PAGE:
Here's an opportunity to get into the "Quad" spirit ... tonight (Jan. 8) at 7 p.m. the Venere Lute Quartet will perform “Dutch Treats – High Art From the Low Countries” in the French Church at Historic Huguenot Street in New Paltz. The program will focus on the music of the Netherlands and Belgium and will include pieces that have not been heard in more than 400 years.
The performance kicks off celebrations at Historic Huguenot Street marking the 400th anniversary of Hudson’s voyage, the event that the led to the founding of the Dutch colony New Netherland and the European settling of our region.
Here is more info from the press release:
Venere’s performances have been described as "A world of lightness, space and clarity.” The ensemble has performed throughout the United States and in Europe. Some appearances include the Lute Society of America, the Seattle Early Music Guild, La Guitarra California, Amherst Early Music Festival, Cambridge Society for Early Music, and the Fodella Foundation Series in Milan, Italy.
The French Church, a re-creation of the 1717 stone church built by the French-speaking Huguenots who founded New Paltz, is the perfect setting for this beautiful period performance, which will in both New York City and Boston in the coming season.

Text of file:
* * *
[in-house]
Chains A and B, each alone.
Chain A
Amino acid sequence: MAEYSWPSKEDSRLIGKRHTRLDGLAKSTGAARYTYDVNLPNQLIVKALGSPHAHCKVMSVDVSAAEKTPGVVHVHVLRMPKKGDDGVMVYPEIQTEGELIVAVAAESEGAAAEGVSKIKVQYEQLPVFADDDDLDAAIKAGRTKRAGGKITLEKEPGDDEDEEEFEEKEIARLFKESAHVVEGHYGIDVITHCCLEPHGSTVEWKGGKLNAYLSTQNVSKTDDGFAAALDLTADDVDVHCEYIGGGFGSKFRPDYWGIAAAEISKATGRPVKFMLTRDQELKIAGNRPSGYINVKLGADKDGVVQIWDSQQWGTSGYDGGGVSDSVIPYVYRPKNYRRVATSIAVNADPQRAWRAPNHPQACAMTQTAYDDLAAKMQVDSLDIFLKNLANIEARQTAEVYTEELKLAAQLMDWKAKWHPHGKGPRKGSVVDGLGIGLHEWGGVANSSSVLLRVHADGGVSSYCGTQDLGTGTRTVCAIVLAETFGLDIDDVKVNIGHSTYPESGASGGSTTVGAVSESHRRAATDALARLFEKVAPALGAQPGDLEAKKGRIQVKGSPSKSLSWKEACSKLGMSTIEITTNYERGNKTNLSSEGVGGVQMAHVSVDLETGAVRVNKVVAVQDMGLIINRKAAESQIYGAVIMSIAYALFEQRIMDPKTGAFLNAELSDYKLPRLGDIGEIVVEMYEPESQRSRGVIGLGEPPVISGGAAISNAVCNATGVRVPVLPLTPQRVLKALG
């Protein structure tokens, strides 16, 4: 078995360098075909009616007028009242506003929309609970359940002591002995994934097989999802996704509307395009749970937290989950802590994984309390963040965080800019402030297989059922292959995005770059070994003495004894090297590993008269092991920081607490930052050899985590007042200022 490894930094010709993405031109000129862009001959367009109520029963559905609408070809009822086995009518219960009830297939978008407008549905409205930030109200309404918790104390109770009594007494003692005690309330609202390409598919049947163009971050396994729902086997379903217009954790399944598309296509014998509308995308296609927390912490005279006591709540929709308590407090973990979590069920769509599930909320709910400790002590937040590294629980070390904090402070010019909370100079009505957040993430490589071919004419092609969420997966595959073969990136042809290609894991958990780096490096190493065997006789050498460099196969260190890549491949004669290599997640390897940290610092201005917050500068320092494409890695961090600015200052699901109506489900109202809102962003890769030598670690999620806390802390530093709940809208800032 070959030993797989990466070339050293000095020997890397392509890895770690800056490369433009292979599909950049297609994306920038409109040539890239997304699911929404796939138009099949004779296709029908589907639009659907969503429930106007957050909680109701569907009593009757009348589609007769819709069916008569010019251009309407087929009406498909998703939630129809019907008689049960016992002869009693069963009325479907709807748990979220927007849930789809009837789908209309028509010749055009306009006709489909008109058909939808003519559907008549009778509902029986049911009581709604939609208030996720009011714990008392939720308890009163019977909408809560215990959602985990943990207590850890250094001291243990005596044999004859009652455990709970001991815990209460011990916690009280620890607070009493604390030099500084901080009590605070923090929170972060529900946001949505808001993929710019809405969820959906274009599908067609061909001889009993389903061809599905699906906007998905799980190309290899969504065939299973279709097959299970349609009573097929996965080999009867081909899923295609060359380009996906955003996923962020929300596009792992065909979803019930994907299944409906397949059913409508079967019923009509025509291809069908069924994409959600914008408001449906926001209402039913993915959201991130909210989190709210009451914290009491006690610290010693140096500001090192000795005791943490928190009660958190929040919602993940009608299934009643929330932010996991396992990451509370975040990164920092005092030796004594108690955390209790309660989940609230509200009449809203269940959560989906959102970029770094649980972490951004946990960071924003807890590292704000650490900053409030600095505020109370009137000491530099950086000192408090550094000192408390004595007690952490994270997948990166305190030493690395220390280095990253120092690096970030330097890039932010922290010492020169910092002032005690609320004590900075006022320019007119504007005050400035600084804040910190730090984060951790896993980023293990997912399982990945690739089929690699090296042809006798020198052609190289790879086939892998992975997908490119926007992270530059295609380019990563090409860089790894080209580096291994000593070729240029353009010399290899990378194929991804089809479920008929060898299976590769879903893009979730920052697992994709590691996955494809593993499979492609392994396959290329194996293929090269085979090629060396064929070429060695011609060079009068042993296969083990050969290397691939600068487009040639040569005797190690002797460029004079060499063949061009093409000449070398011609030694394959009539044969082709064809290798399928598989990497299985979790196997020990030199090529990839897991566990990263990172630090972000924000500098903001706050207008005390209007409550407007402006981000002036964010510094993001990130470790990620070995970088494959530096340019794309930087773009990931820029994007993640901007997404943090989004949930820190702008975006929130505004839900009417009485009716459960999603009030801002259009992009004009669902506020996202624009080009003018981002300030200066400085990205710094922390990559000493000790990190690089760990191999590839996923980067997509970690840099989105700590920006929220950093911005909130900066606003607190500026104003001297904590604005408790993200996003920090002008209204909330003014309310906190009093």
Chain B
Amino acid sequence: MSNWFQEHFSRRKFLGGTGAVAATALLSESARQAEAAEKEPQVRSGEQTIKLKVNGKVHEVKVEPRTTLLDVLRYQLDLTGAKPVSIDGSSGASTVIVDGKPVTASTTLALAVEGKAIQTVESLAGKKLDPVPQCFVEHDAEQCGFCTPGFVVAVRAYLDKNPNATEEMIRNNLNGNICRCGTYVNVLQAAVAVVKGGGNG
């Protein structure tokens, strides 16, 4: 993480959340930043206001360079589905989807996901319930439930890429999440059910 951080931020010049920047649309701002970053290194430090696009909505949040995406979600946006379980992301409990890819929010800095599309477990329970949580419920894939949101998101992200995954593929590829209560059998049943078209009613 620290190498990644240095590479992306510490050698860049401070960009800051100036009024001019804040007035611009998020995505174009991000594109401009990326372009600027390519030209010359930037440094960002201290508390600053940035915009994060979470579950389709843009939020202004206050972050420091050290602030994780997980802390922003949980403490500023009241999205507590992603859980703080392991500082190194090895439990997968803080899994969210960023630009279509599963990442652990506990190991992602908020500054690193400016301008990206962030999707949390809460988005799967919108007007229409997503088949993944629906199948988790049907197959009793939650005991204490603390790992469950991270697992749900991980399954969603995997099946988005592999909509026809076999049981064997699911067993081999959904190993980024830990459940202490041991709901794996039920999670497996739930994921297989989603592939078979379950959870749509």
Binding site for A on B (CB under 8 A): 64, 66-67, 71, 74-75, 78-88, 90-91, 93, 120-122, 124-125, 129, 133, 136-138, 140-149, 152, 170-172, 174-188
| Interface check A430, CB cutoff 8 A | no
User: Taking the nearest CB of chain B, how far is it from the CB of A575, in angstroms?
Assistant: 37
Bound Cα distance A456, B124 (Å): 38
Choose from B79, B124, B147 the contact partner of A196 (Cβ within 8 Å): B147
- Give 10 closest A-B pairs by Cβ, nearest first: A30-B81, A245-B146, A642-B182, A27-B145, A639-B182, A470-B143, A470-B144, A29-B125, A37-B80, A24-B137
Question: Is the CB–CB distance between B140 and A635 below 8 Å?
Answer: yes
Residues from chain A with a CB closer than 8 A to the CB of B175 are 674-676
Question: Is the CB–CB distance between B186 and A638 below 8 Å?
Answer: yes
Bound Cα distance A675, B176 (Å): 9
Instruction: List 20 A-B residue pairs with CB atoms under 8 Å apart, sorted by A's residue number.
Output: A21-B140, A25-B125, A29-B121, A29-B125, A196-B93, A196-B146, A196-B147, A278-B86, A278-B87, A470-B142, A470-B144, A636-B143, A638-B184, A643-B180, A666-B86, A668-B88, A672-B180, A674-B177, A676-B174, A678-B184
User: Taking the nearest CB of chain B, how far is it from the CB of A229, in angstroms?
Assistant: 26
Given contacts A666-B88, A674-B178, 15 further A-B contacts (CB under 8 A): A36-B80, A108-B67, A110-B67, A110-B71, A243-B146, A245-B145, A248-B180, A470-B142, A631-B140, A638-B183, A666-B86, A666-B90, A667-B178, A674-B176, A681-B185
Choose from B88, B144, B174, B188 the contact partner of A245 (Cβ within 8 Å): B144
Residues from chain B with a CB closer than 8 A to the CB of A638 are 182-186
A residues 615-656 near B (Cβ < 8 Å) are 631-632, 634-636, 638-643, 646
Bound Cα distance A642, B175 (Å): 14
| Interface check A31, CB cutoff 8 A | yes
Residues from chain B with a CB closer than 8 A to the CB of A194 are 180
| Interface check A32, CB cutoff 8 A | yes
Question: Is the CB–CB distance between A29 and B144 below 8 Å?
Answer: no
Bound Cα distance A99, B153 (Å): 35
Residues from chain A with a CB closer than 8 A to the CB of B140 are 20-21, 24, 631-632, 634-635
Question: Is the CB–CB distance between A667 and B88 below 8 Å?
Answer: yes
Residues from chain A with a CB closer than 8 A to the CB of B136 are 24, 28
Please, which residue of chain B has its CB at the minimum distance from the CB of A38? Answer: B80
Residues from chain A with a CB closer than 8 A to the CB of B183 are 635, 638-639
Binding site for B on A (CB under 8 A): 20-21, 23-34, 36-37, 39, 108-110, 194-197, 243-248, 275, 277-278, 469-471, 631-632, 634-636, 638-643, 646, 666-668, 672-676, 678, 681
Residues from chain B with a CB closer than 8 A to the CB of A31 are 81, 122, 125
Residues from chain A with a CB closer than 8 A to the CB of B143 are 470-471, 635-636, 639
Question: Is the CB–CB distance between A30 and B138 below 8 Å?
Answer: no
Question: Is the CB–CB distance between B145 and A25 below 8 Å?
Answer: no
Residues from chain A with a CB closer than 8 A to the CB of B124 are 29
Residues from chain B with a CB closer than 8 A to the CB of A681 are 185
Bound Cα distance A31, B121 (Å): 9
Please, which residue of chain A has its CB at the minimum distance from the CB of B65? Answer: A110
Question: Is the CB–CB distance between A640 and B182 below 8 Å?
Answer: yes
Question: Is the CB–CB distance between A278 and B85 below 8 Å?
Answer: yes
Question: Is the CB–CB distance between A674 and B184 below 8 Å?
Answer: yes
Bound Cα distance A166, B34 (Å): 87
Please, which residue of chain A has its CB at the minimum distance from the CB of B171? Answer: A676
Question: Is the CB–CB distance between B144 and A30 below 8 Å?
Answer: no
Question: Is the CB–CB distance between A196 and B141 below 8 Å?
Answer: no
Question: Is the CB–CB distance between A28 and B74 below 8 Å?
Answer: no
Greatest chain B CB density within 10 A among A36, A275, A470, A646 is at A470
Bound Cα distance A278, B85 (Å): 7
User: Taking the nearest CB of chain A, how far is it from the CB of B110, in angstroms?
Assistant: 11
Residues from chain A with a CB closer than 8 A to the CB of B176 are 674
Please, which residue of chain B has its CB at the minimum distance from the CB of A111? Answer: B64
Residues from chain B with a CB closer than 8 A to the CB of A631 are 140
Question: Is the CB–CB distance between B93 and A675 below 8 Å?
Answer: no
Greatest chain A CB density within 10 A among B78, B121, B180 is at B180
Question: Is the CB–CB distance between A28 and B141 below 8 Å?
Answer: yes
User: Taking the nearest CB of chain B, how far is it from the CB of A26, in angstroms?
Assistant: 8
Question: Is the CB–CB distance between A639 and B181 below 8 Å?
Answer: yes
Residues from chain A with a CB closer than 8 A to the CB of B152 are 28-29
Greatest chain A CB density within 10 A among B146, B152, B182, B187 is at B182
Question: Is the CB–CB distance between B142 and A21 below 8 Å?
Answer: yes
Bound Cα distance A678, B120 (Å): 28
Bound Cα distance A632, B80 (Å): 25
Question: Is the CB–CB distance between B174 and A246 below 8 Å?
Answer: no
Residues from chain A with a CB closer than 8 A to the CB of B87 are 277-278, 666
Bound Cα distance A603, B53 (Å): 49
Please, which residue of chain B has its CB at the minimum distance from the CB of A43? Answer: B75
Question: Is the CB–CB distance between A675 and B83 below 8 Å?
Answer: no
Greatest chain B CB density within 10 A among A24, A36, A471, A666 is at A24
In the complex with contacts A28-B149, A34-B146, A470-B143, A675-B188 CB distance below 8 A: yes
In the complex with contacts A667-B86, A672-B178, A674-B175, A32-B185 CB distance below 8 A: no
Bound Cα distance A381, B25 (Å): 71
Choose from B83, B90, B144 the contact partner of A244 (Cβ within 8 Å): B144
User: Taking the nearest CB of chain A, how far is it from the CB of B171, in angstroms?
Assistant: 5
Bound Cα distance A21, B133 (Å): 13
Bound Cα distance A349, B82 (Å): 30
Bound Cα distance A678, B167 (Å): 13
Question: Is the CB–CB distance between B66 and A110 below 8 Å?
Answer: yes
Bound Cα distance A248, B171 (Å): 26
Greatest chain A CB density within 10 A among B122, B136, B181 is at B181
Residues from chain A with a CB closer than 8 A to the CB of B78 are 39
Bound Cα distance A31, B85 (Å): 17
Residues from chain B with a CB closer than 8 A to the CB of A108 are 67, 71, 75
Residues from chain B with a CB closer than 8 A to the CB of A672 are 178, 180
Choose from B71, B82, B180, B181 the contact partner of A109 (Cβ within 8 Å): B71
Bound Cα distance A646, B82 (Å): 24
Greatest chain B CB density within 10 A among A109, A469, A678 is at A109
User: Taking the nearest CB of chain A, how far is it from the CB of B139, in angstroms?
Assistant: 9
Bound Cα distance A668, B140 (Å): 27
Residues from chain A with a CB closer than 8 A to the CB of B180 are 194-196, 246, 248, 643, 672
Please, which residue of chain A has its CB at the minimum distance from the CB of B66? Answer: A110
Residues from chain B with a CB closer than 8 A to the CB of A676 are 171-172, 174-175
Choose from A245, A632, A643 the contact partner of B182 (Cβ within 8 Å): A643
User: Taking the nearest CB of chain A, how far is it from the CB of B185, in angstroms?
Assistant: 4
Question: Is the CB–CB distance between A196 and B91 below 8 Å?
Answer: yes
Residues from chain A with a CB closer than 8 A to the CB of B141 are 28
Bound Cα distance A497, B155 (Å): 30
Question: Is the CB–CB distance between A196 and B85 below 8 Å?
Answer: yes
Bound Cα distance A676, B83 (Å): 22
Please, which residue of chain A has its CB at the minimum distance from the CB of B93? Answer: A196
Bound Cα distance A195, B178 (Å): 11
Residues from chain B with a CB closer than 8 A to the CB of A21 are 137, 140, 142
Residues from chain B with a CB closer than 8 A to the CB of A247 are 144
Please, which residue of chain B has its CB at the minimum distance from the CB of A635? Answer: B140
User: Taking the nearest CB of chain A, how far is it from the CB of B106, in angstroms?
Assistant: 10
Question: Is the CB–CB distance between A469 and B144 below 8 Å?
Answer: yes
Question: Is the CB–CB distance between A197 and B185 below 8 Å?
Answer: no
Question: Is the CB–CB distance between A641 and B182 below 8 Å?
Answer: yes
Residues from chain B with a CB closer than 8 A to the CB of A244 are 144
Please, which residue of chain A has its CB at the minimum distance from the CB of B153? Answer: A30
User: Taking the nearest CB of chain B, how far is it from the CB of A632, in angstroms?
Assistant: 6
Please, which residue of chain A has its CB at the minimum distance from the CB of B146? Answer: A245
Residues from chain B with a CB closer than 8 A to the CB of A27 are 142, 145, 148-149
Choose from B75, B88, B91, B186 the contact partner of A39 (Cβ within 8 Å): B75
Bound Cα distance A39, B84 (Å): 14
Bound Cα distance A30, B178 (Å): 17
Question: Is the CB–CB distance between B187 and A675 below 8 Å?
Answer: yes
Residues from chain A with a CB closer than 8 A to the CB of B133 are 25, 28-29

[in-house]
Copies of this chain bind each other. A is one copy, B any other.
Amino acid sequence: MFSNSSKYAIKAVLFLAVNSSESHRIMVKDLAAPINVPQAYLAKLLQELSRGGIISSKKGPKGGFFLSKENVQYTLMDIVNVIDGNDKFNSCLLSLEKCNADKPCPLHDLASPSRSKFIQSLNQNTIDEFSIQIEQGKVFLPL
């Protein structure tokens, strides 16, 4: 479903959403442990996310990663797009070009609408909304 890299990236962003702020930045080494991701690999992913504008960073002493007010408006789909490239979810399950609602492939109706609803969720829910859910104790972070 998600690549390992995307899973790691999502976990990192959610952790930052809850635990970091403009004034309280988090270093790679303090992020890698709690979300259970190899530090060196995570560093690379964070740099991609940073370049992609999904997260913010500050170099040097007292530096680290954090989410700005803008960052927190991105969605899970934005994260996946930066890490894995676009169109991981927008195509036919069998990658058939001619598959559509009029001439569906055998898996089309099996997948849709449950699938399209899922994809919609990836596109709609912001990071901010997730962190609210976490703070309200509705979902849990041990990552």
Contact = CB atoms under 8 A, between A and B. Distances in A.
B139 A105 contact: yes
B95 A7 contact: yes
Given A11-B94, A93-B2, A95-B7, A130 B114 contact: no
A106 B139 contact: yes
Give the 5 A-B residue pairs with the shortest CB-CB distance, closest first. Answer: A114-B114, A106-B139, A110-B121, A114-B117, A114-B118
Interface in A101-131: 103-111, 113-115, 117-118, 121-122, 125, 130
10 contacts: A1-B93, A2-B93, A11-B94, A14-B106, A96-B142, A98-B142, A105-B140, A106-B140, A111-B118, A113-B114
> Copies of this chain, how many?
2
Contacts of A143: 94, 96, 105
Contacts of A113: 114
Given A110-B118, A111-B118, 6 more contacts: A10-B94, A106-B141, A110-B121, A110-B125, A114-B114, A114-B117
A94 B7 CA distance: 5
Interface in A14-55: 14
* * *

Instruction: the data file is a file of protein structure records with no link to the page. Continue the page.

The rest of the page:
Advance tickets for the performance are $14 and can be purchased by calling (845) 255-1660, extension 300 or by sending an email to firstname.lastname@example.org. Day-of tickets are $16.
What has today become Historic Huguenot Street began in 1678 when twelve French-speaking Huguenots settled on the banks of the Wallkill River. Today, just steps from downtown New Paltz, Historic Huguenot Street features seven original stone houses dating to 1705, a burying ground and a reconstructed 1717 stone church, provides charming green space and public programming for the local community and visitors from around the world. The story of these courageous Huguenot families continues at Locust Lawn, which features a striking Jeffersonian mansion and the earlier Evert Terwilliger House. For more information about Historic Huguenot Street, visit www.huguenotstreet.org or call (845) 255-1660.